Orthodox Rabbi Natan Lopez Cardozo argued the ban should be lifted, even though Spinoza's ideas about Judaism were wrong. Cardoza blamed Spinoza's supposed theological errors on Spinoza's purported lack of familiarity with the Talmud and said when he was growing up, the Lopez Cardozo family only had one rabbi – Baruch Spinoza.
Above: Baruch Spinoza
Jews Again Try To Get Excommunication Of Spinoza Lifted, Rabbi Yet Again Refuses To Do It
Shmarya Rosenberg • FailedMessiah.com
There was yet another attempt to get the Portuguese Jewish community of Amsterdam to rescind the writ of excommunication issued against Baruch Spinoza in July 1656, Tablet reported.
Over the years, philosophers, politicians (including David ben Gurion when he was Israel's prime minister), and everyday Amsterdam Jews have tried to have the excommunication lifted. All those attempts failed as a string of local chief rabbis – all Orthodox or haredi – refused to symbolically free the world famous philosopher, who died on February 21, 1677, from what the rabbis viewed as his self-imposed purgatory.
Sunday a one-day symposium on Spinoza was held in Amsterdam. Scholars (who did not communicate with each other during the writing process) presented papers about what the likely reasons for the excommunication were and invited participants argued for or against lifting it.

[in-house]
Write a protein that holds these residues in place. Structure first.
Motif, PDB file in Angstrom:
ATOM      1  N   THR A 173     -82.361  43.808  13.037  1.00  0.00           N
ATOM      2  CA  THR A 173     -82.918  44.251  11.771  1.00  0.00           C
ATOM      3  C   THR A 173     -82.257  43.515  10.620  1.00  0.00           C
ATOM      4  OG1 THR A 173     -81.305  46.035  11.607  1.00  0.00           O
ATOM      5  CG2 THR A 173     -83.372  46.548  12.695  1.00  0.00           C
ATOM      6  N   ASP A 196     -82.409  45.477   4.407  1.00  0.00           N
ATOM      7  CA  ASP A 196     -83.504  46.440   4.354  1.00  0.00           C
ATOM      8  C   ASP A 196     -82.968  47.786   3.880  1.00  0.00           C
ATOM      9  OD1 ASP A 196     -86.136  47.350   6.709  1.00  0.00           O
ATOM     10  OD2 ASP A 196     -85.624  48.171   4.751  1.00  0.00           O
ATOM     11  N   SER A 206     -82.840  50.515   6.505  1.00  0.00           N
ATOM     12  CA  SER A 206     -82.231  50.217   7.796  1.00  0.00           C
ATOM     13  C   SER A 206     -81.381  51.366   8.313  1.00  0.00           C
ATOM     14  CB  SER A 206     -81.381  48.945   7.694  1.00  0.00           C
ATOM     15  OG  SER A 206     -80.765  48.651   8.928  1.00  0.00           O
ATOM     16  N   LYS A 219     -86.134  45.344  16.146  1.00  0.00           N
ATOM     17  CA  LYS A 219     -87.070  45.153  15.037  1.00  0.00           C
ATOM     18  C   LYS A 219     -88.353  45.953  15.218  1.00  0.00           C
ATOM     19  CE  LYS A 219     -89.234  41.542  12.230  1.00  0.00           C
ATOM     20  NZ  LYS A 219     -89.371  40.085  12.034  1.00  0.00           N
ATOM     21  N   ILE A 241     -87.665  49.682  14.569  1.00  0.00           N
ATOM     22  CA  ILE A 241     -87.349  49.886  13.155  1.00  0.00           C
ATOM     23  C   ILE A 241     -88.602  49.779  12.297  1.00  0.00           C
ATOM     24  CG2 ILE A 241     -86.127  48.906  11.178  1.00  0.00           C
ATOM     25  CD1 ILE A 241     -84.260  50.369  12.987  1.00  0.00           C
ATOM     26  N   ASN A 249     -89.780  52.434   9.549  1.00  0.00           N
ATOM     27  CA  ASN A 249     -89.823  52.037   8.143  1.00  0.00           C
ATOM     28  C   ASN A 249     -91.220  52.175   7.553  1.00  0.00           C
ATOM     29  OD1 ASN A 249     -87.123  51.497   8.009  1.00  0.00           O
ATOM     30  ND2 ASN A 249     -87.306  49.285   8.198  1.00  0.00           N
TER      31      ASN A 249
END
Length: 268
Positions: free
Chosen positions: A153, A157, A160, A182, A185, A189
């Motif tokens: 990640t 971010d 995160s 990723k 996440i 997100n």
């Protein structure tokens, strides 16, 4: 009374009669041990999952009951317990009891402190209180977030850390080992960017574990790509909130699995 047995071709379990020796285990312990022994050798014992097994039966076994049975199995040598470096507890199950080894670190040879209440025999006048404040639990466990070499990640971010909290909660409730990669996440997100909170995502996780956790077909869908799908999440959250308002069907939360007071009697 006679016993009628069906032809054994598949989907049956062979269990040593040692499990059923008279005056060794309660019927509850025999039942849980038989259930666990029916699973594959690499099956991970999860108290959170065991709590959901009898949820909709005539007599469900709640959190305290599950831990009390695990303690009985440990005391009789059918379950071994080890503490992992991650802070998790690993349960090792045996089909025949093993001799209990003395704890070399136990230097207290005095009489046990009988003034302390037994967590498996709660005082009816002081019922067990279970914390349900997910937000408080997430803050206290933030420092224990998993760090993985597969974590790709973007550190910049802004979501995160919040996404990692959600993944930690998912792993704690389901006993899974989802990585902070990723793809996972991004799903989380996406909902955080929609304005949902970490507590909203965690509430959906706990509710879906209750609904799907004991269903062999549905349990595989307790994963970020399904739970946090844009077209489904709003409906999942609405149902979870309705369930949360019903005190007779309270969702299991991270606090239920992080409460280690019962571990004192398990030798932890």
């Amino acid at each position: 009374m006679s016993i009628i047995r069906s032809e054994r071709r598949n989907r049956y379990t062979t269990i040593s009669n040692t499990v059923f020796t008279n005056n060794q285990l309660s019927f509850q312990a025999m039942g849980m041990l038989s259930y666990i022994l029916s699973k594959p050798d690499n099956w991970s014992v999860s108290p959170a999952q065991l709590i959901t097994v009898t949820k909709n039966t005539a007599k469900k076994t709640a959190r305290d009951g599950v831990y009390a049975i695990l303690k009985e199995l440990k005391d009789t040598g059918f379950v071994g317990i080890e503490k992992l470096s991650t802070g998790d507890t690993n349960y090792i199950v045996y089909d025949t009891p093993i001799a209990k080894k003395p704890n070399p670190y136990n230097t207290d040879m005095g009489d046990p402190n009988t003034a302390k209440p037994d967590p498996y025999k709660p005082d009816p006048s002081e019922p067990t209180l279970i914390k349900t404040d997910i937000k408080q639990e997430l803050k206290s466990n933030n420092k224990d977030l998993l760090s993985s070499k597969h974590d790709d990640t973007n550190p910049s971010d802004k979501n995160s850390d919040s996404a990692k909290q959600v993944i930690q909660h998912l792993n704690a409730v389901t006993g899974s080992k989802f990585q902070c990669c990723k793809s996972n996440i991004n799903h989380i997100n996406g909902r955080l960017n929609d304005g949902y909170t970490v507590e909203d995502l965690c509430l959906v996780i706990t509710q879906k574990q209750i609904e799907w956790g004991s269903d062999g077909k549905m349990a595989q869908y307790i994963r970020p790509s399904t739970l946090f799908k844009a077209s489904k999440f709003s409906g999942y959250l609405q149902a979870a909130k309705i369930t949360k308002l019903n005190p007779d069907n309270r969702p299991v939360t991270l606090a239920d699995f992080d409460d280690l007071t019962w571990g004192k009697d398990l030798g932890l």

Spinoza did not believe in a personal God, and for him Jews were not the chosen people the Torah was not divine.
The Amsterdam Jewish community was primarily made up of descendants of conversos (Jews who converted to Christianity under duress due to the expulsions of Jews from Spain and the Iberian peninsula that began in 1492) who later fled the Inquisition and returned to Judaism. The Amsterdam community tended to be strict on doctrinal matters and on matters of hierarchical community authority as a result and has some parallels to the American revivalist church movement during the Second Great Awakening of the late 1700s through the first half of the 1800s.
Orthodox Rabbi Natan Lopez Cardozo reportedly argued the ban should be lifted, even though Spinoza's ideas about Judaism were wrong. Cardoza blamed Spinoza's supposed theological errors on Spinoza's purported lack of familiarity with the Talmud and said when he was growing up, the Lopez Cardozo family only had one rabbi – Baruch Spinoza. (Lopez Cardozo also displayed a portrait of Spinoza painted by Lopez Cardozo's late father while he was hiding from the Nazis in 1940.)
But Amsterdam’s Chief Rabbi Pinchas Toledano, who refused to lift the ban in 2012, would have none of it. He refused yet again to rescind the writ of excommunication against the world's most famous philosopher.
"The fact that [Spinoza] has been buried in a non-Jewish cemetery shows clearly that, to the last breath of his life, he was indifferent to the herem [writ of excommunication], and that he never asked for forgiveness or did teshuva [repented].…How on earth can we even consider removing the herem from a person with such preposterous ideas, where he was tearing apart the very fundaments of our religion…The moment we rescind the herem…it would imply that we share his heretic views,” Toledano said, noting that the leaders of the community knew exactly what they were doing when they excommunicated Spinoza. Because of that, Toledano said, I do not have the right to rescind their ruling.
After the excommunication and an assassination attempt by a knife-wielding Jewish fanatic outside the synagogue, Spinoza fled Amsterdam. He died at age 44 from a lung disease possibly caused by his work as an optician who turned glass into refractive lenses to correct vision, a cutting edge technology of that era.
Because of the excommunication, Spinoza was buried in a church cemetery in the Dutch city of The Hague.